Hijacking and Haikus

At some point last year, I hopped onto my husband’s artistic project.

Kevin has been creating an image of his character, Technoman, every week for a couple of years. I admire his discipline very much. Every week, he places Technoman in a different environment, observing the objects and creatures around him, drawing us in. He (Kevin, not Techoman) then posts the digital illustration on Instagram and, when he remembers, on Twitter. He’s created a whole new world where you can project your own philosophical thoughts – or enjoy it for what it is.

Sometimes the illustration has Technoman on his own; other times he is joined by a female companion, sometimes there are many different Techonmans together. (Should it be “Technoman”? He’s a creature all to himself…)

Kevin’s style has evolved, and by including stock elements from other artists, the world has also evolved.

I must’ve been jealous at some point of his output and asked if I could join in. He said yes (he’s a good husband!) and so I committed to adding a poem to his illustrations. And in order to try and stay consistent within the poetry, I decided to try writing haikus.

I googled “haiku structure”, and read that it is “a Japanese poetic form that consists of three lines, with five syllables in the first line, seven in the second, and five in the third.”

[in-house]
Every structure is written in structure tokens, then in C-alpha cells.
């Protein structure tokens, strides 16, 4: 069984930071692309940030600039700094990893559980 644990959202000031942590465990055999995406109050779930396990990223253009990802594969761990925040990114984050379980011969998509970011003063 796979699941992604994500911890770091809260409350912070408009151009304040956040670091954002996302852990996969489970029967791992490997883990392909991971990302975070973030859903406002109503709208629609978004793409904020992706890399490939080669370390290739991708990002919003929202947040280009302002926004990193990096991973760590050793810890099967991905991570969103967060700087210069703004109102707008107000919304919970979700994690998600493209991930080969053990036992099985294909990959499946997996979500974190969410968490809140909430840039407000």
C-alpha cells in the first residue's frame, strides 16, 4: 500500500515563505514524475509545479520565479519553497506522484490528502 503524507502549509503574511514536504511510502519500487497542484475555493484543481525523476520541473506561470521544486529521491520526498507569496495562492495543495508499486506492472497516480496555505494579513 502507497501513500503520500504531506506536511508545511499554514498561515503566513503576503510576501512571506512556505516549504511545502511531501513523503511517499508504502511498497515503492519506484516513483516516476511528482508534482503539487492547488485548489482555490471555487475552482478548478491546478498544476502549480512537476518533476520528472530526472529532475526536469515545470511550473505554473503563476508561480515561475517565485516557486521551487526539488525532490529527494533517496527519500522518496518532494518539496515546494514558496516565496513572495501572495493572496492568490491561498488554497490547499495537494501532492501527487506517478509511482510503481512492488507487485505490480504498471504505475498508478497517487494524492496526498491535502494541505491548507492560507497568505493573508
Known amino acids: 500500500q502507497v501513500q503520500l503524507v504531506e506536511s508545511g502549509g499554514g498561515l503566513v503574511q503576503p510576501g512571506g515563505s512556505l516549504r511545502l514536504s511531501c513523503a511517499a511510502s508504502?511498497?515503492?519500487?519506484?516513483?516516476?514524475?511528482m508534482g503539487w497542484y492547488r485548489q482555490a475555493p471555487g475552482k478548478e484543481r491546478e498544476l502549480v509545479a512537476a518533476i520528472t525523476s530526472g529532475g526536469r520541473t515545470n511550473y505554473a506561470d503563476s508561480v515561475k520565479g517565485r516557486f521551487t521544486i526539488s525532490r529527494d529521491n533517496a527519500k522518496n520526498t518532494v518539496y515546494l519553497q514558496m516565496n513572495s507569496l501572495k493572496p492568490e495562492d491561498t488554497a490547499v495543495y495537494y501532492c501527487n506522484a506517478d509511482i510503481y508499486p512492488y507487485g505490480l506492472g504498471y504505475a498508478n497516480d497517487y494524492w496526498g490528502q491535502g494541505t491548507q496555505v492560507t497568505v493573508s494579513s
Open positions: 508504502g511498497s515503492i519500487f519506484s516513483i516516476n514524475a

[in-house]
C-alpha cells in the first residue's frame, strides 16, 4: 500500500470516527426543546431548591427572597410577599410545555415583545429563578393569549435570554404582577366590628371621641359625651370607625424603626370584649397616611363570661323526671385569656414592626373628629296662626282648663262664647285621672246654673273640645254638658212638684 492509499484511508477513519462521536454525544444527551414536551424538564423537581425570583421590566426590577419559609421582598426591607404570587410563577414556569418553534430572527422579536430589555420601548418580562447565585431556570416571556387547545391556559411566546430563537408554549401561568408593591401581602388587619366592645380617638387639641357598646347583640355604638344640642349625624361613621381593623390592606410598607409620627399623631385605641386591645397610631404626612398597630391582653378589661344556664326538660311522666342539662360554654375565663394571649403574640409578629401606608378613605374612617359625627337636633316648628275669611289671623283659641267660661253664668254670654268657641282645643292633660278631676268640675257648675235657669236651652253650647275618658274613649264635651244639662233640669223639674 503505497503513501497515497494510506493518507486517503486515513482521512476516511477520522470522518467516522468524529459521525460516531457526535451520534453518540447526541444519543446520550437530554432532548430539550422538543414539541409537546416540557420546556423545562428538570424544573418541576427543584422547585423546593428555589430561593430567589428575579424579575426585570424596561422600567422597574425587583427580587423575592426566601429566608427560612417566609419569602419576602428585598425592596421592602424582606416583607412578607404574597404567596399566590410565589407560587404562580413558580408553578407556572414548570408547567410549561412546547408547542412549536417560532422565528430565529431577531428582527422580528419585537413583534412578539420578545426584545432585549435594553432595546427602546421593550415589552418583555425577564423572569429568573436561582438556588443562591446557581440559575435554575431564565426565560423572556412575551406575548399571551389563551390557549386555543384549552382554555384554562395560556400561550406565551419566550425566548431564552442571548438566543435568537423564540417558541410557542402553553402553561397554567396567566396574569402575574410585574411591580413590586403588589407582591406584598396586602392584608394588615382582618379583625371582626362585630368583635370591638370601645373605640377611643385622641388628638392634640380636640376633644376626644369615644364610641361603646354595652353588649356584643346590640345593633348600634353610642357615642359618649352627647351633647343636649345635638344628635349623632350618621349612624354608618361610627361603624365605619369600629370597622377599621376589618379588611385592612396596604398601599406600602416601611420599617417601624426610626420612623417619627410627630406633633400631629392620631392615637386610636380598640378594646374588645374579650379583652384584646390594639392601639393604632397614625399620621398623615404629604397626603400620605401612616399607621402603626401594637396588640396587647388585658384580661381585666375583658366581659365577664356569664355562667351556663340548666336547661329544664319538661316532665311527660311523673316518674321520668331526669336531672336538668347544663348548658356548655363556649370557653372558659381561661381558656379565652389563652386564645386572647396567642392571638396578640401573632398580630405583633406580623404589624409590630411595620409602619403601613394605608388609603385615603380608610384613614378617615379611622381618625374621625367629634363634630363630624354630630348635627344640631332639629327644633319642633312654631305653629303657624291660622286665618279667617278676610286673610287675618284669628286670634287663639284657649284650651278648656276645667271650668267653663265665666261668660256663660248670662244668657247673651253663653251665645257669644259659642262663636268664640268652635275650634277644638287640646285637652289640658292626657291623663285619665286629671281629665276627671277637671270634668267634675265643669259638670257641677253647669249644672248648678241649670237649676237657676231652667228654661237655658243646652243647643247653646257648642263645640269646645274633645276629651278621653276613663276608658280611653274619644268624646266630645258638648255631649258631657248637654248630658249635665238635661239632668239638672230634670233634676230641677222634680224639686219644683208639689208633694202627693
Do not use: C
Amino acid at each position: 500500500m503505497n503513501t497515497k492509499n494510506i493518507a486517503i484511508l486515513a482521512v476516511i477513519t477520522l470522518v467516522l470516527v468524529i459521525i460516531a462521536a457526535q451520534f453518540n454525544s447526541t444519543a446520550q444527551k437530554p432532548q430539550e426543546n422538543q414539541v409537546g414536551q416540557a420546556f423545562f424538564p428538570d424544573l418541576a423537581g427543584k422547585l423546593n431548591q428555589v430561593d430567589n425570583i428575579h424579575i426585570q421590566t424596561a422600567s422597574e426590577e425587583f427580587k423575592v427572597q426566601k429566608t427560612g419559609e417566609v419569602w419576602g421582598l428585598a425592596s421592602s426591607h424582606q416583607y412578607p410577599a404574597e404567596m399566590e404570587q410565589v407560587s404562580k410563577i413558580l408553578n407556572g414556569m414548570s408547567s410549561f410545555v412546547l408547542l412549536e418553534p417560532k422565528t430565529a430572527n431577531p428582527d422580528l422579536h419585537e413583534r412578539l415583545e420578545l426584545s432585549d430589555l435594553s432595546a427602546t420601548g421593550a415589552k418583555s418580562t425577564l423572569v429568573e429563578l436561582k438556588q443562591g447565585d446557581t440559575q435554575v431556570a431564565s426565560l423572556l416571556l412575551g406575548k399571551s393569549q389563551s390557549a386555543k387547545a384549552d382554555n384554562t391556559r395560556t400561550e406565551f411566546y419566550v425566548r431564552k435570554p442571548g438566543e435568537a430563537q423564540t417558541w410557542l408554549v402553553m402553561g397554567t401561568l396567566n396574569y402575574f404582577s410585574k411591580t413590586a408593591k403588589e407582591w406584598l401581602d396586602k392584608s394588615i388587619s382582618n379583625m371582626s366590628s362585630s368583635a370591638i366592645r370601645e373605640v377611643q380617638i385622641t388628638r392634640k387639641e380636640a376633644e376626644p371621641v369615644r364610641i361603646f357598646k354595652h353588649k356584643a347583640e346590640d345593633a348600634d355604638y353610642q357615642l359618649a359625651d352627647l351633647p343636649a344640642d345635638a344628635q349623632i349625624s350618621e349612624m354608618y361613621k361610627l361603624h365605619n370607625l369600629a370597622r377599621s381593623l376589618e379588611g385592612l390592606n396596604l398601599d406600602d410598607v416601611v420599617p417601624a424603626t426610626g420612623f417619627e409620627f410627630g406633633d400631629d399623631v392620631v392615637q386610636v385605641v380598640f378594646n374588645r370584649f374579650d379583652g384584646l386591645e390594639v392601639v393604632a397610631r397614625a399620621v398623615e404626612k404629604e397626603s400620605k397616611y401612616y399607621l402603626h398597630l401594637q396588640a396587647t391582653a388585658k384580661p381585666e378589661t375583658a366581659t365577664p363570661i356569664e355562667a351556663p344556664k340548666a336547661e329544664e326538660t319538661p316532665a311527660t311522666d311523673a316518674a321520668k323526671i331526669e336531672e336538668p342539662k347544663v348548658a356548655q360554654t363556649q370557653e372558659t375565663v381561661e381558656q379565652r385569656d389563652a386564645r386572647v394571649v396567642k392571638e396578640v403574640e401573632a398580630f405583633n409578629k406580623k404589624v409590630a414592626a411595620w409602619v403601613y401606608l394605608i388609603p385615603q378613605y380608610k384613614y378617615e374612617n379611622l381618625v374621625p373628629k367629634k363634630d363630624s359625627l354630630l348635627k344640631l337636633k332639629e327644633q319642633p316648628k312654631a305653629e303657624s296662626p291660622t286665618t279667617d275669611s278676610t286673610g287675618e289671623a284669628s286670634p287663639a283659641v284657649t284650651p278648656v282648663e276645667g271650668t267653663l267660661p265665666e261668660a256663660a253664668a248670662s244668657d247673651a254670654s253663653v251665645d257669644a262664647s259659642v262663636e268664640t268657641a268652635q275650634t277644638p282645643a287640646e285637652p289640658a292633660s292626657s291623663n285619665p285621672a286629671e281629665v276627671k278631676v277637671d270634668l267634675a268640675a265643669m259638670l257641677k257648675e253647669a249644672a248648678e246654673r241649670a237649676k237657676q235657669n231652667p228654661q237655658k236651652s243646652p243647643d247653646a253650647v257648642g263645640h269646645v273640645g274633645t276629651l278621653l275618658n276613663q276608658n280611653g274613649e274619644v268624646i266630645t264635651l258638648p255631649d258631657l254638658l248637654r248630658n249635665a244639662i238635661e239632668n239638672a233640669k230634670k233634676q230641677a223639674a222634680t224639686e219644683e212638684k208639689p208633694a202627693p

I gave this a go, but sometimes I couldn’t fit in what I wanted to say into the syllable count.

Eventually, I moved from haiku to “poem”, where anything goes. The poems are always in free verse, often made up of three lines, but sometimes they consist of a single line. I’d abandoned the idea of a haiku, until I came up with what that kind of poem is really about.

I was reading Natalie Goldberg’s “Writing Down the Bones”.
The point of writing a haiku in English isn’t getting the number of syllables right. It’s the feeling it evokes that’s important, the experience of reading it.

“If you read a lot of haiku, you see there is a leap that happens, a moment where the poet makes a large jump and the reader’s mind must catch up. This creates a little sensation of space in the reader’s mind […] and there is usually and “Aah” wanting to issue from your lips.”

That is guidance I can work from. After all, Goldberg explains, the Haiku is a Japanese artform and the weight of the syllables feels different than in English. So using syllable count as the main feature of a haiku makes no sense artistically.

I’m going to try writing these haikus.

The challenge of helping the reader to take a leap is going to be interesting, and enough of a challenge for me now. My poems tend to set up a thought and resolve it. I try not to go down the most obvious path, but I think that consciously going for a leap it’s going to help make them more interesting. Who knows, it might help with my fiction as well!

For now, here is my first attempt.

Aspirations elevate us,
And our dreams pull us up –
It’s difficult to slow down.

You can follow Kevin on Instagram as @3DKev and see what I’m up to there every now and then as @pog_smiles.

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